Tyler Cowen over at Marginal Revolution discusses some possible perverse incentives in the Affordable Care Act, and commenter Eliot Clingman (same link) says,
If the article is accurate ( a big if) then the ACA was very badly drafted, due to either corruption, stupidity or both.
But he’s wrong. It isn’t “very badly drafted,” and the people who drafted it are not stupid. The thing is, making rules is hard. Making rules in the face of hundreds of millions of people with an incentive to find loopholes in the rules is extremely hard, probably impossible to get right without lots of iteration. The more complex the rules, the harder they are to build without exploitable loopholes.
I have, over the years, played a lot of roleplaying, computer, card, and war games, which, for the uninitiated, typically have more complex rules than a classic boardgame, and which have constituencies of players on the internet who try to figure out loopholes in them. What we see, over and over again, is that every game ever made features broken mechanics — loopholes that players can exploit to do things undreamed of by the designers of the game.
Some rule systems are worse at this and some are better, but beyond a very simple threshold level, everything is broken in some way. The only means of keeping the loopholes at bay is to put a human agent in the mix who can make judgment calls that override the rules — and when you do that, then interpersonal relationships start getting complicated very quickly.
I think that some people imagine that you can solve the loophole problem with complexity: that if you’re willing to write a few hundred (or a few thousand) pages of rules, you can cover every eventuality and pin things down. The truth is the exact reverse. The more complex the rules, the greater the number of interactions between various areas of the rules, which means a geometrically increasing number of things that the users of the rules can do that the designers didn’t imagine. The longer and more complex the rules are, the more exploitable they are.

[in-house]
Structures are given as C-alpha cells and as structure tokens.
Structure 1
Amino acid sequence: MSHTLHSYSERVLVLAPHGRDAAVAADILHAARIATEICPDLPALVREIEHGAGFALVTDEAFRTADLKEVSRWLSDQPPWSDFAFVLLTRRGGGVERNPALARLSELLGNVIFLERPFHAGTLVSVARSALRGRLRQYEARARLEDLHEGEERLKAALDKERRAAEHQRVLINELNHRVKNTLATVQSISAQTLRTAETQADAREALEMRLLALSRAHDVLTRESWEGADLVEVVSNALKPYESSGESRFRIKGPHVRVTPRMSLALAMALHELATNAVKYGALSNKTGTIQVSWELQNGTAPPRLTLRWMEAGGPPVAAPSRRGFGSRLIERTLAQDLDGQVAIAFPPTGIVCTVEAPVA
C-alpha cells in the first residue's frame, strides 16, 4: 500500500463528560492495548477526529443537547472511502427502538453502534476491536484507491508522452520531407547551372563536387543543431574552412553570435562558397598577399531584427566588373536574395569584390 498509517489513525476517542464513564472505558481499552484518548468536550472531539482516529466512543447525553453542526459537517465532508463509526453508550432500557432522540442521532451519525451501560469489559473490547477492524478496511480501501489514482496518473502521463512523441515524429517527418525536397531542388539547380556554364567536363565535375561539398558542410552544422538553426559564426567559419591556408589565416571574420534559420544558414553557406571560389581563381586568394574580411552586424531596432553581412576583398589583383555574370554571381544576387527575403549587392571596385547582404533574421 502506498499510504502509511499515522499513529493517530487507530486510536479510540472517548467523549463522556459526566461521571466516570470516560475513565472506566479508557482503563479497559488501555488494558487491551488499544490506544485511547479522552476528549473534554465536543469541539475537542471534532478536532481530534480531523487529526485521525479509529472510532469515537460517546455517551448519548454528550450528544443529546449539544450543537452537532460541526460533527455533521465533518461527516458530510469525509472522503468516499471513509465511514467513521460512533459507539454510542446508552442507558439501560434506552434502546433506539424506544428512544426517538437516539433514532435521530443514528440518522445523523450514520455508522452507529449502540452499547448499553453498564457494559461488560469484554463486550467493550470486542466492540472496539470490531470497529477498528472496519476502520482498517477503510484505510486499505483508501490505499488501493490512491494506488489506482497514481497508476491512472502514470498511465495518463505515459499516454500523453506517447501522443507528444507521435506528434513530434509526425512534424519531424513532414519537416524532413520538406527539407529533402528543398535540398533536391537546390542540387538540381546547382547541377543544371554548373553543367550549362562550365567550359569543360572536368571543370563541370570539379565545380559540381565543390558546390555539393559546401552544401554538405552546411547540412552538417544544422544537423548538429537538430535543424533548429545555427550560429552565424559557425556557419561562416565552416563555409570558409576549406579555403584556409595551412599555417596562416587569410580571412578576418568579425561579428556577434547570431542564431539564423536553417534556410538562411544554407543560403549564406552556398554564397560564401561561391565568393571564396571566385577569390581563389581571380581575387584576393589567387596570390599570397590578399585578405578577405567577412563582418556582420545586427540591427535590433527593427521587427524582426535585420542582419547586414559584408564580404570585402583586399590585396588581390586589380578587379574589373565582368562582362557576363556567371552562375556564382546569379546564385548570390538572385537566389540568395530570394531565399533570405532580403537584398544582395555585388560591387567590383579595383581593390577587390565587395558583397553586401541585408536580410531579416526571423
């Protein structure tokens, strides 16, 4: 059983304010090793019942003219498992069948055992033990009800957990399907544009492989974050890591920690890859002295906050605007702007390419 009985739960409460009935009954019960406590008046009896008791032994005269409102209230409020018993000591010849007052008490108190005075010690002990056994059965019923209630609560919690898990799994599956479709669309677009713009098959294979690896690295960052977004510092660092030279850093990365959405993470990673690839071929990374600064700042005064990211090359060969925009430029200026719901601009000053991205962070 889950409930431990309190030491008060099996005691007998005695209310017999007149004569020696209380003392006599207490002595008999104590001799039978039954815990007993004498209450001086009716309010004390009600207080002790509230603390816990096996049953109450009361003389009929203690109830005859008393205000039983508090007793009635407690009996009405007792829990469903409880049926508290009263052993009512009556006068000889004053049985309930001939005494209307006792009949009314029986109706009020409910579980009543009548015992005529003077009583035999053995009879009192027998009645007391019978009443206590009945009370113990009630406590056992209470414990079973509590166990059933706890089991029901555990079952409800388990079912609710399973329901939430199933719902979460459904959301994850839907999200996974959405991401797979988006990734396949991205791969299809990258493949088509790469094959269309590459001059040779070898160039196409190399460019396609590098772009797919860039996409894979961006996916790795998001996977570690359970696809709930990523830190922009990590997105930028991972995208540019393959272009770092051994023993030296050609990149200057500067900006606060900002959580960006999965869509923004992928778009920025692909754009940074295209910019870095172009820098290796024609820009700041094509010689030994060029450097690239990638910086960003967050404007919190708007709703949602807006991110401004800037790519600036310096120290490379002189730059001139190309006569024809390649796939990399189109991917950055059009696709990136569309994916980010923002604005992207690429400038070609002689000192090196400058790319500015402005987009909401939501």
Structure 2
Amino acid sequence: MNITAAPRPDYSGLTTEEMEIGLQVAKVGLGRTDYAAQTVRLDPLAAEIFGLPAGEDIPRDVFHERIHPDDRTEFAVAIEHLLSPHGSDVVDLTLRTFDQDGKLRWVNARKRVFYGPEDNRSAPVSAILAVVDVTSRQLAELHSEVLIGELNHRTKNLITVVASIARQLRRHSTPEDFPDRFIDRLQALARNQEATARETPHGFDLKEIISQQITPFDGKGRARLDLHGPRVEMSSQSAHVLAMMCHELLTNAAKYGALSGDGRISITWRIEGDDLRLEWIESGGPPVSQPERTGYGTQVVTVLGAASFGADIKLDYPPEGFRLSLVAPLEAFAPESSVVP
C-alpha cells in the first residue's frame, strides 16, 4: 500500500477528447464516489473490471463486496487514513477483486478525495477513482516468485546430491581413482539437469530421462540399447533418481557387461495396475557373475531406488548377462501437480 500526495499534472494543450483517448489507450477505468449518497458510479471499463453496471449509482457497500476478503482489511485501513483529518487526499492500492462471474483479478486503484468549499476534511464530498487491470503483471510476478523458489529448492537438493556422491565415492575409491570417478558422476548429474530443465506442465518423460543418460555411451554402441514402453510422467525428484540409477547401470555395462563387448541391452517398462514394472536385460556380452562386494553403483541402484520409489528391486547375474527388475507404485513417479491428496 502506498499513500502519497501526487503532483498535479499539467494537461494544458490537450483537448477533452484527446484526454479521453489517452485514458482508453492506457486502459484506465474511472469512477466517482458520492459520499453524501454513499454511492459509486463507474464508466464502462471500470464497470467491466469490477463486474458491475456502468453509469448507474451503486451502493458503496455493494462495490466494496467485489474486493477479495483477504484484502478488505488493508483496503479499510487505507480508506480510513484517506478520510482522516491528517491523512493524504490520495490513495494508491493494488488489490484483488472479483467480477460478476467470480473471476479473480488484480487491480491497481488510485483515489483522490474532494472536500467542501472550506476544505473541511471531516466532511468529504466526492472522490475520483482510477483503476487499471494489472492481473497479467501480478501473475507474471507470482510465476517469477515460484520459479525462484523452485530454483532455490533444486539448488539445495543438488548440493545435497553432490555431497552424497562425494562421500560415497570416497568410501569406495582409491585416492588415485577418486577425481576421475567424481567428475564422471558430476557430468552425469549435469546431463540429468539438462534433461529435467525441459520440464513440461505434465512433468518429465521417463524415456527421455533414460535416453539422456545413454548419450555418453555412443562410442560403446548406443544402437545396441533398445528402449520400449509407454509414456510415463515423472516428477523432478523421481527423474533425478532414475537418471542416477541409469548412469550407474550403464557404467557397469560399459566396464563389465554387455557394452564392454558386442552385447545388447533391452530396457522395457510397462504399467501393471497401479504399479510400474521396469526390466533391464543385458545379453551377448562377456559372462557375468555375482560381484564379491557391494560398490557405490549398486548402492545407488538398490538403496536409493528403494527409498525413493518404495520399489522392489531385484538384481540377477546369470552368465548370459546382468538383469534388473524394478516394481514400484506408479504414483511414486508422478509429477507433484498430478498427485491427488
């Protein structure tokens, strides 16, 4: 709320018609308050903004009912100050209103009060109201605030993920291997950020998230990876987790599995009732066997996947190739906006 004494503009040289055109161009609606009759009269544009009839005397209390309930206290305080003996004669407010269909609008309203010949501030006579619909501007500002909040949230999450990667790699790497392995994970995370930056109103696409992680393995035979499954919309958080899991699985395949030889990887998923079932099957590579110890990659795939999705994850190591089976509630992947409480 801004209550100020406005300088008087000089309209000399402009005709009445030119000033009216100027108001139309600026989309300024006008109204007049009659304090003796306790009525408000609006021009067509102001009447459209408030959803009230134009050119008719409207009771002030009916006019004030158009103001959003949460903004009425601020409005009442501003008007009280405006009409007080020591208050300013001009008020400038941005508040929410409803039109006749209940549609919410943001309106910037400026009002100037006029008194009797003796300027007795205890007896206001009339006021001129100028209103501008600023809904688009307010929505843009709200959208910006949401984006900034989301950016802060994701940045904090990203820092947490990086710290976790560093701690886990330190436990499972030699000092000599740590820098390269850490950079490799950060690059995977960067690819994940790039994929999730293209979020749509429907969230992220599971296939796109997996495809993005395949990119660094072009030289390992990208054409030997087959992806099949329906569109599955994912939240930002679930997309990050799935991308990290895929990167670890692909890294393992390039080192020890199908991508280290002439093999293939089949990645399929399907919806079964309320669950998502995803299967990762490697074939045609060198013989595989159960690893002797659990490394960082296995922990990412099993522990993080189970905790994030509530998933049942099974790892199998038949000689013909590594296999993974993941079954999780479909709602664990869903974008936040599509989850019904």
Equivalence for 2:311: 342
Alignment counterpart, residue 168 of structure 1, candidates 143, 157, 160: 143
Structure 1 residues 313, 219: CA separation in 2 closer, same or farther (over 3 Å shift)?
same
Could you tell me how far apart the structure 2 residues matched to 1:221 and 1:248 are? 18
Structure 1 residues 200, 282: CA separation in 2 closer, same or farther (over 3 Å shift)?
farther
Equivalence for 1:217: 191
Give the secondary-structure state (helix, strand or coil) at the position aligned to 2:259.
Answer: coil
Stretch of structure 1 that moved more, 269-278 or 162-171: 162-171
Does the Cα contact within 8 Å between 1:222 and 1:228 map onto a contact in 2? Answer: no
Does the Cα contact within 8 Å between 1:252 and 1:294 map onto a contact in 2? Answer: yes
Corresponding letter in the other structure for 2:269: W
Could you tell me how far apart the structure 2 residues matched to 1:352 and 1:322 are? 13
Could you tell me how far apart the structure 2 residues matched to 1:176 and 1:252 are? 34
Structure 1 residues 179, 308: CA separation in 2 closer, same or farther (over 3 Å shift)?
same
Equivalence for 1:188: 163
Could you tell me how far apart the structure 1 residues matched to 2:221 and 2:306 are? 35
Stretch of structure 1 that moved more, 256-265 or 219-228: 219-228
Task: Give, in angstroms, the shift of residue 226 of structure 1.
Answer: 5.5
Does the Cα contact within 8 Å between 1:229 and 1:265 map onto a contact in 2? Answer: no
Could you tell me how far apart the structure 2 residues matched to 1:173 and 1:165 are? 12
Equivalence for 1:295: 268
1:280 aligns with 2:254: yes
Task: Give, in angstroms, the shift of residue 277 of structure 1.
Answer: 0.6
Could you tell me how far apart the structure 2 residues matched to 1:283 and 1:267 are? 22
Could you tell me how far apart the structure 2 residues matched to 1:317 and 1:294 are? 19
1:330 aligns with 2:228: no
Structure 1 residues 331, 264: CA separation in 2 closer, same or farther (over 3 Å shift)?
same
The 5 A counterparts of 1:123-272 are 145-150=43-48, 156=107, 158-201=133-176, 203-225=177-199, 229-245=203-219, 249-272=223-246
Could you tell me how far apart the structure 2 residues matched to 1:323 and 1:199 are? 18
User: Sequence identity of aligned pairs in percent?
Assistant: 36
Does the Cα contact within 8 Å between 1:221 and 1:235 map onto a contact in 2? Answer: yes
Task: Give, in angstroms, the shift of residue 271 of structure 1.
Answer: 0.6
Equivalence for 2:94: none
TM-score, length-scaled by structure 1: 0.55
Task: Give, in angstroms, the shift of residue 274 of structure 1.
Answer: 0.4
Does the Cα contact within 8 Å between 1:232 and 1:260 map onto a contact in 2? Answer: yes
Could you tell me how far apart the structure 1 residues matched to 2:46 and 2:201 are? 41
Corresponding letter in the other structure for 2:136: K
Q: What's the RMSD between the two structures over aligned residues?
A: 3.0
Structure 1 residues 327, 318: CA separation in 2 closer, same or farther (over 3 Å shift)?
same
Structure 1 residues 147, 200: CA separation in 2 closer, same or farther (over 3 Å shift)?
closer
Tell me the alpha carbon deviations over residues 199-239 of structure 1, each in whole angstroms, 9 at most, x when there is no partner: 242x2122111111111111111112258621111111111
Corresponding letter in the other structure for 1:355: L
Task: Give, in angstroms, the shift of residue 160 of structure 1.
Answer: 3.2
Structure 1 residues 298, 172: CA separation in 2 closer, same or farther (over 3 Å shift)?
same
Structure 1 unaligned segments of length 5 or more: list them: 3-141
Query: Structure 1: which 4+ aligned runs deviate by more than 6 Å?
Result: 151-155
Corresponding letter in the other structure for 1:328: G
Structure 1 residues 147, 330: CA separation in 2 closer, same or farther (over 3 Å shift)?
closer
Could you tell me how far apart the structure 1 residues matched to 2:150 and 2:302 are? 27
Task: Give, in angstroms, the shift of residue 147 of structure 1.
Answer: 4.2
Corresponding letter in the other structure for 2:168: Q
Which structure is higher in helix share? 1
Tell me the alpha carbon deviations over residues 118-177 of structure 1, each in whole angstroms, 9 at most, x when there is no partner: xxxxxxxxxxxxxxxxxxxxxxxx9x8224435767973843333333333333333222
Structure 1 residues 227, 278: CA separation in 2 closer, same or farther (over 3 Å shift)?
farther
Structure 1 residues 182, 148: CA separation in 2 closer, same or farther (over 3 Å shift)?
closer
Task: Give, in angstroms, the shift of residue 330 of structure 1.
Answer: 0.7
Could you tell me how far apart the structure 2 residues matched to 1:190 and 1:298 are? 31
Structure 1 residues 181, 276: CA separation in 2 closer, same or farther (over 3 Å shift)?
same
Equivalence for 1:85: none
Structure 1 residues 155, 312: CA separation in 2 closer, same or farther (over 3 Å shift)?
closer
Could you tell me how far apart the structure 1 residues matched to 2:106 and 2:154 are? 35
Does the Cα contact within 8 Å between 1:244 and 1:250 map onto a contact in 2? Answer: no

And all of these games, complex as they are, are vastly less complicated than a big bill like the ACA, and unimaginably vastly less complicated than, say, “a whole branch of the US legal code.” And the populations dedicated to finding loopholes in them are orders of magnitudes smaller than the populations dedicated to finding the loopholes in US laws. And the incentives to find a loophole in a game are much, much, much smaller than the incentives to find loopholes in US regulations (which may result in millions of dollars of gains).
Put that all together, and what you actually find is that the US government does an amazingly good job of keeping the number of exploits in their laws reasonable. (Largely by injecting human judgment into the rules and changing them when exploits are found). But, understand, on some level it’s an impossible task. They’re fighting against the basic nature of ultra-complex systems. There will always be major, ridiculous, unjust loopholes in US laws, certainly including the ACA.
It seems like a lot of people find it convenient to imagine that’s not true. I invite them to try their hands at building a ruleset.